Many Australian business leaders will be feeling anxious in the wake of China’s claimed arrest of an unnamed foreign consultancy leader on allegations of spying for British intelligence agency MI6.
The Chinese government has upped the ante in its pursuit of locally-operating international consultancies, arresting what it claimed to be the foreign leader of a major firm on allegations of espionage.
The Ministry of State Security, which serves as the country’s primary intelligence agency, has accused the individual of spying for the UK’s MI6, but has provided no further details or updates since other than revealing the detainee’s surname as Huang.
The arrest follows last year’s series of raids on the local offices of a number multinational consulting firms, including US management giant Bain & Company, during which its employees in Shanghai were subjected to questioning. Earlier, local authorities had shut down the Beijing branch of fellow US-headquartered consultancy Mintz Group and detained five of its staff, all Chinese nationals, over what were said to be suspicions the firm had engaged in “unlawful operations”.
As the country’s largest trading partner, the latest developments would be leaving many business leaders in Australia feeling particularly nervy, including the local branches of global consultancies with close office ties to their China counterparts. Alongside Bain, both McKinsey and Boston Consulting Group have long histories in the country, while Deloitte for example unified its Asia Pacific operations in 2019, which are currently headed by Australian chief David Hill.
Notably, Mintz specialises in due diligence, with political commentators pointing out that the standard leg-work carried out by such Western consultancies for investment and M&A clients abroad would likely serve as a trigger in a sensitive local context, considering many Chinese companies are state-owned or controlled.
Meanwhile, in addition to its inbound corporate services, Bain boasts of having built up the biggest private equity consulting practice in the world.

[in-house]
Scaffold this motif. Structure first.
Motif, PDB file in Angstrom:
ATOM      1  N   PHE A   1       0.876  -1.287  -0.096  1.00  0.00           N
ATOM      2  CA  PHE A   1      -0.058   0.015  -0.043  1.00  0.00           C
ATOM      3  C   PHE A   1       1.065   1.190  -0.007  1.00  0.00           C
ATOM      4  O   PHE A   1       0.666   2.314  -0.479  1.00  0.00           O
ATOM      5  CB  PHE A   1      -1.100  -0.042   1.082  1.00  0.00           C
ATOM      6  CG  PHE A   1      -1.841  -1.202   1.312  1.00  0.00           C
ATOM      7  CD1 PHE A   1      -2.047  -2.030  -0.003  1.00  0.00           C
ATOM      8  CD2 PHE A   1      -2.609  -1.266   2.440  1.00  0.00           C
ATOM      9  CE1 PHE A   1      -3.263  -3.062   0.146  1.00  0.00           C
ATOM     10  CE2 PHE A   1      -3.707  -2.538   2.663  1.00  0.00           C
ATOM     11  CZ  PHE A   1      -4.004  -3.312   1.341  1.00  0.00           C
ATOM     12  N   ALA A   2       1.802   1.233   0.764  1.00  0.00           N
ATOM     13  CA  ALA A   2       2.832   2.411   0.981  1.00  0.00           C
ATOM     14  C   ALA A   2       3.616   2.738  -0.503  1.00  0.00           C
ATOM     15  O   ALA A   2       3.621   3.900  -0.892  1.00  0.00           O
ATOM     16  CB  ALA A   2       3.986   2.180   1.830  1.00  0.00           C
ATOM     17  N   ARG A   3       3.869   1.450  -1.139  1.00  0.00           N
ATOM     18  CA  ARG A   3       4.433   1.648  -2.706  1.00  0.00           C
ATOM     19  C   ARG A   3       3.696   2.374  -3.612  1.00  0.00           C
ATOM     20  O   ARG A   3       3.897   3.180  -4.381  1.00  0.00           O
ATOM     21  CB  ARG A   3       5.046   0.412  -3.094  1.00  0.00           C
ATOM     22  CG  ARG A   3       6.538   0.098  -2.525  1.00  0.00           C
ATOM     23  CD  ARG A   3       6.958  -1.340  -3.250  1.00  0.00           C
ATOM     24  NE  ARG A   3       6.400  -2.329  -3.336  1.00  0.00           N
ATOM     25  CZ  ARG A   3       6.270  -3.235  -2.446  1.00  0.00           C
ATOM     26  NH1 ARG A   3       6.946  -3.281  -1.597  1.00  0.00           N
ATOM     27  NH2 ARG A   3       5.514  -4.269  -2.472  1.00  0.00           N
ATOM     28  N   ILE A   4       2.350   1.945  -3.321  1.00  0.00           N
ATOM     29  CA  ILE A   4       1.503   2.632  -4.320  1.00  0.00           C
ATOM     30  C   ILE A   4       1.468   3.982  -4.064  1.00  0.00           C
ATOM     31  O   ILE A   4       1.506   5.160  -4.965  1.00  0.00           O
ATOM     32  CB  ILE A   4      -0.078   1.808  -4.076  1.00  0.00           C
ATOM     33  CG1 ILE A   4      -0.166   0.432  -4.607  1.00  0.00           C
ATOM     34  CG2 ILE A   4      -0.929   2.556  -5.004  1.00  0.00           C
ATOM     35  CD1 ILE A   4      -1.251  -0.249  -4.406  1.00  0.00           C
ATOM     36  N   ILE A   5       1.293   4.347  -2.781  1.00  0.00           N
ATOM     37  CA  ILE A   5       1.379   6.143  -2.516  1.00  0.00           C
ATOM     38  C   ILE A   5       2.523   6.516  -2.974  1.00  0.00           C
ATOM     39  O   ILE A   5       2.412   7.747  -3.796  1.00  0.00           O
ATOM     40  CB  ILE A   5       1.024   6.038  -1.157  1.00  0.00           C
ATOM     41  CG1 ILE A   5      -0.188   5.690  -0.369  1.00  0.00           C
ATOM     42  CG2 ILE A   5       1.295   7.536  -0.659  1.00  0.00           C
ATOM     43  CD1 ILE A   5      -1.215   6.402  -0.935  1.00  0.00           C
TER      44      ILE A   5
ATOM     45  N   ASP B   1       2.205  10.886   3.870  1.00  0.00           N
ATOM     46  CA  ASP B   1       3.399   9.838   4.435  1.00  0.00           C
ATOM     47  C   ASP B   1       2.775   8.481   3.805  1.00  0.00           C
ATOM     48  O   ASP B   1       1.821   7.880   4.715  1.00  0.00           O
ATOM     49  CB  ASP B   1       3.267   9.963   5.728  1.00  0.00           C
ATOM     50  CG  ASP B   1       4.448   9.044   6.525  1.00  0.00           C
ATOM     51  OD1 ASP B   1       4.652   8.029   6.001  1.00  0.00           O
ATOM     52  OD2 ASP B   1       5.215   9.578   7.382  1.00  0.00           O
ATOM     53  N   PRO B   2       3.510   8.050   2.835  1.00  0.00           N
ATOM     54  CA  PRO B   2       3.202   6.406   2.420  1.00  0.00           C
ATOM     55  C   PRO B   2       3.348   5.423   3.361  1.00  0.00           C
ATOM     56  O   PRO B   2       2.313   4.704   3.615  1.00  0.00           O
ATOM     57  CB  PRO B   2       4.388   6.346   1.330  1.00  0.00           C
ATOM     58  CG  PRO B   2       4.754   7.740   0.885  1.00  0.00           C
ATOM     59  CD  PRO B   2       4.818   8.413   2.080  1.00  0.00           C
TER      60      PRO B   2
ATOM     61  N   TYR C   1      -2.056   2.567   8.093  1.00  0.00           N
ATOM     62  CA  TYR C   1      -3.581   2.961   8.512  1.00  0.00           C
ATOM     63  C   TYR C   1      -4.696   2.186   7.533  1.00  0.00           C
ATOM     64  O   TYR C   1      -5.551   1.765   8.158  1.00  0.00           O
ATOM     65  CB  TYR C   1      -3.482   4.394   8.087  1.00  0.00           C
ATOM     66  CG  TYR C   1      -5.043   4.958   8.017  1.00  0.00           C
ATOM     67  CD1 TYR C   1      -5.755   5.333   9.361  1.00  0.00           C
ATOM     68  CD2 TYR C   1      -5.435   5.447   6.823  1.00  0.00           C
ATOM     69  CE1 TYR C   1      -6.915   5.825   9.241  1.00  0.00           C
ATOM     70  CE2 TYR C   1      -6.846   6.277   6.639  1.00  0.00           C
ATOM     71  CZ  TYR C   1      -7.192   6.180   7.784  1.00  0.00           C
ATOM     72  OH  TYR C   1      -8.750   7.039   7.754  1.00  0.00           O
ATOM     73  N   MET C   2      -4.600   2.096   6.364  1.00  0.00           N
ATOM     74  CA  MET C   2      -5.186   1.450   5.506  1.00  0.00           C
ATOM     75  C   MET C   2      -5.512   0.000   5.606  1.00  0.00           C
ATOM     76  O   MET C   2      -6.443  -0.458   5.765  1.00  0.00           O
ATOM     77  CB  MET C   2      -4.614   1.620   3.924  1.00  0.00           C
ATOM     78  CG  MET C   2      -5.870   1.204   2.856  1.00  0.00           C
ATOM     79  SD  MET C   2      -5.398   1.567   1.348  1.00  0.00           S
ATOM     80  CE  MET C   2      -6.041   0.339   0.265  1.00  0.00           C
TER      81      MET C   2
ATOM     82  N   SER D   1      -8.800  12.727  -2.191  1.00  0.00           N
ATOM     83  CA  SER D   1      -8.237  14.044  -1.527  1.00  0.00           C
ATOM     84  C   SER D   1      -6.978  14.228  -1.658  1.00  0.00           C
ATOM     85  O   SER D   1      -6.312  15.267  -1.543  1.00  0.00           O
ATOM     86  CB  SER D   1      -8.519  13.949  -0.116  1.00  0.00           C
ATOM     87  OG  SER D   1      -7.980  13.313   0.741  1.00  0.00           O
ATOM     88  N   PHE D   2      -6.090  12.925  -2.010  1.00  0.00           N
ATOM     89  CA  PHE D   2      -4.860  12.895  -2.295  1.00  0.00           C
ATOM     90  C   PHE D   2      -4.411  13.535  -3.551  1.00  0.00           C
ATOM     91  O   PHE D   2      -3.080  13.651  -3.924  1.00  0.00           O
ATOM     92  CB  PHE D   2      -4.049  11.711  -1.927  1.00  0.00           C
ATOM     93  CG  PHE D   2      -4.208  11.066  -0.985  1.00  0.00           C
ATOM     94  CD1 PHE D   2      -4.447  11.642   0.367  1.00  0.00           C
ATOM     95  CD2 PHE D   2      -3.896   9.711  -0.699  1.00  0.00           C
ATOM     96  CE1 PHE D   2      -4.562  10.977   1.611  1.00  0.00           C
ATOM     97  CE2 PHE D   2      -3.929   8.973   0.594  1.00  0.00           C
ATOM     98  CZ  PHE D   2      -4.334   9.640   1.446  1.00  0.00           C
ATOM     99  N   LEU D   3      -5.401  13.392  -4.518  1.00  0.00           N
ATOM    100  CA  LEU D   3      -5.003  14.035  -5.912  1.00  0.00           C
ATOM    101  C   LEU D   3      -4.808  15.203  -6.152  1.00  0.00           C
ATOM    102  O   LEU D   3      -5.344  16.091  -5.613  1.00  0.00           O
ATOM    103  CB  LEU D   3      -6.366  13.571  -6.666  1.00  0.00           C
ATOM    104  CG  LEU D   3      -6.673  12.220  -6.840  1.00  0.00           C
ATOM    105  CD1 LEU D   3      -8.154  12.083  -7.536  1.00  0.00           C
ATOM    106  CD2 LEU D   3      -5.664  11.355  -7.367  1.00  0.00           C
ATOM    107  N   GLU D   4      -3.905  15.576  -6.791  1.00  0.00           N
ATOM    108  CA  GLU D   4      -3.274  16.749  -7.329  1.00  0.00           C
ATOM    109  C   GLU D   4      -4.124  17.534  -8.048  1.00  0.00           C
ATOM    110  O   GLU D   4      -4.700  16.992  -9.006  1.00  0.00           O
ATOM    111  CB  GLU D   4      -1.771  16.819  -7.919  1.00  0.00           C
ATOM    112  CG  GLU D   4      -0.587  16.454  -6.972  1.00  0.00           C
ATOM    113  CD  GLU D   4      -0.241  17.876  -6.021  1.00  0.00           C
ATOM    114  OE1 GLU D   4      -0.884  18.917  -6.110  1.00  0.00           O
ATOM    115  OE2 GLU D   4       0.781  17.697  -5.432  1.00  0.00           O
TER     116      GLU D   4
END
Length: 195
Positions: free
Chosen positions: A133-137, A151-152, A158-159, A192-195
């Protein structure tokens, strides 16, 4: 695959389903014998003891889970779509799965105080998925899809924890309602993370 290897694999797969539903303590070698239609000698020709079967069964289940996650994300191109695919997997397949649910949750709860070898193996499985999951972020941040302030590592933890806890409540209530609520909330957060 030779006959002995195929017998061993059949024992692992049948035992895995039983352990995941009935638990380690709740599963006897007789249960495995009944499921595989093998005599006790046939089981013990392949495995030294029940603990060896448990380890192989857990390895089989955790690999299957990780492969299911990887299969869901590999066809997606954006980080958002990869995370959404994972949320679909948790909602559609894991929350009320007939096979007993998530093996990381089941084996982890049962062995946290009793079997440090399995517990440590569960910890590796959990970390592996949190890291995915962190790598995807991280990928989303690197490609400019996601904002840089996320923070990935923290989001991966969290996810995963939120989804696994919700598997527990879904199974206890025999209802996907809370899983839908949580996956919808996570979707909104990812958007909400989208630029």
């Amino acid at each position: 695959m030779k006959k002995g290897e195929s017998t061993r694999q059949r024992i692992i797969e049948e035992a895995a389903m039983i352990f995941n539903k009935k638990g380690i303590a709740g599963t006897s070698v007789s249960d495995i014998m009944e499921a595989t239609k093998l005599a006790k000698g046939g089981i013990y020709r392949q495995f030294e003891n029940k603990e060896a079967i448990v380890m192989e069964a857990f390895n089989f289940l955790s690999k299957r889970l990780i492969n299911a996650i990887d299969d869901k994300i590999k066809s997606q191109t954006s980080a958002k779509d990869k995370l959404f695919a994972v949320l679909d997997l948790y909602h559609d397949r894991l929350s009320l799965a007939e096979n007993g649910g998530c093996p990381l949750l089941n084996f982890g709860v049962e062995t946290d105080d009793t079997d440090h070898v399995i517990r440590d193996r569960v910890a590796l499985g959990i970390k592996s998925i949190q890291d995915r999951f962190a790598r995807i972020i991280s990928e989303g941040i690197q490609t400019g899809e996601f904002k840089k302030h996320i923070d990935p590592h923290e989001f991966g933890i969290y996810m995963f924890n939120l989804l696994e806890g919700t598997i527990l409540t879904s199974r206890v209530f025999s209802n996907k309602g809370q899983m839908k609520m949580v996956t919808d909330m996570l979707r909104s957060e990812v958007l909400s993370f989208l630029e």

Here, events in China are commonly viewed through a geopolitical lens by outside observers, as tit-for-tat retaliations or a means to put pressure on foreign governments in advancing national interests. In 2019, at the height of recent US-China tensions, China was also engaged in a diplomatic spat with Canada over several back-and-forth arrests, with former McKinsey global managing partner and Asia boss Dominic Barton ultimately brought in as an ambassador to help smooth relations.
Australia hasn’t been spared of similar tensions, albeit to a lesser degree, with China in recent times having imposed tariffs at the surface level on a number of the nation’s primary exports following inflammatory rhetoric from the government in the wake of Covid-19. Of note, the current Australian government is in the process of prosecuting Sydney consultant Alexander Csergo on charges of ‘reckless foreign interference’ for allegedly selling national security secrets to China.
The most recent entry on Csergo’s LinkedIn page is as president for global innovation & transformation at Conversys, a Shanghai-based digital consultancy for the automotive, media, and infrastructure industries he says has worked on joint business transformation market initiatives with leadership at Capgemini, KPMG and Accenture. That trio of firms alone have a combined Greater China headcount in excess of 40,000 professionals, including dozens of foreign partners and staff.
Meanwhile, Bain’s consumer & retail lead partner for China, French national Bruno Lannes, was following the recent arrest quoted in the local media on the unrelated topic of foreign investment, stating; “It’s important to take a longer term view on China instead of focusing on short-term volatilities. The bottom line is China still matters a great deal to multinational companies, and those equipped with adequate preparation, objective risk assessment, and sound competitive strategies can seize the rich opportunities the market has to offer.”